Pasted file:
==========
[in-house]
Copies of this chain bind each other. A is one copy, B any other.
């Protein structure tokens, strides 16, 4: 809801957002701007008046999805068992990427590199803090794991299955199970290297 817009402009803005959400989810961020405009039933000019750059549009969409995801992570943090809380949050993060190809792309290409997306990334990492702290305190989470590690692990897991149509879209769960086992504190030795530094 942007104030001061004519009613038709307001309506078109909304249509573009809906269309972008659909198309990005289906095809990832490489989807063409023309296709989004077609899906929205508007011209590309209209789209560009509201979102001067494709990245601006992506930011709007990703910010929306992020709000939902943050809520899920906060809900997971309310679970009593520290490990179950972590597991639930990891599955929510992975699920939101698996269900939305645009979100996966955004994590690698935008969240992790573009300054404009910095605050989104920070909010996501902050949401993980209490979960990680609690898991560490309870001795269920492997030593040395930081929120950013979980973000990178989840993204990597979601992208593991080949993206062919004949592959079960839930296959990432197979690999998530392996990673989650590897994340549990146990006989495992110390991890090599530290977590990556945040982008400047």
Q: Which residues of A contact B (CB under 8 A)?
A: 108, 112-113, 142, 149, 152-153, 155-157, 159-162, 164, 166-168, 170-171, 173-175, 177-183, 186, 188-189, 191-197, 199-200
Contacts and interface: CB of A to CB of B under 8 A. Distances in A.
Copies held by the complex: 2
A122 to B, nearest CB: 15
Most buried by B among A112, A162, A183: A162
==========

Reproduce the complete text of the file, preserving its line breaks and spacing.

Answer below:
[in-house]
Copies of this chain bind each other. A is one copy, B any other.
């Protein structure tokens, strides 16, 4: 809801957002701007008046999805068992990427590199803090794991299955199970290297 817009402009803005959400989810961020405009039933000019750059549009969409995801992570943090809380949050993060190809792309290409997306990334990492702290305190989470590690692990897991149509879209769960086992504190030795530094 942007104030001061004519009613038709307001309506078109909304249509573009809906269309972008659909198309990005289906095809990832490489989807063409023309296709989004077609899906929205508007011209590309209209789209560009509201979102001067494709990245601006992506930011709007990703910010929306992020709000939902943050809520899920906060809900997971309310679970009593520290490990179950972590597991639930990891599955929510992975699920939101698996269900939305645009979100996966955004994590690698935008969240992790573009300054404009910095605050989104920070909010996501902050949401993980209490979960990680609690898991560490309870001795269920492997030593040395930081929120950013979980973000990178989840993204990597979601992208593991080949993206062919004949592959079960839930296959990432197979690999998530392996990673989650590897994340549990146990006989495992110390991890090599530290977590990556945040982008400047």
Q: Which residues of A contact B (CB under 8 A)?
A: 108, 112-113, 142, 149, 152-153, 155-157, 159-162, 164, 166-168, 170-171, 173-175, 177-183, 186, 188-189, 191-197, 199-200
Contacts and interface: CB of A to CB of B under 8 A. Distances in A.
Copies held by the complex: 2
A122 to B, nearest CB: 15
Most buried by B among A112, A162, A183: A162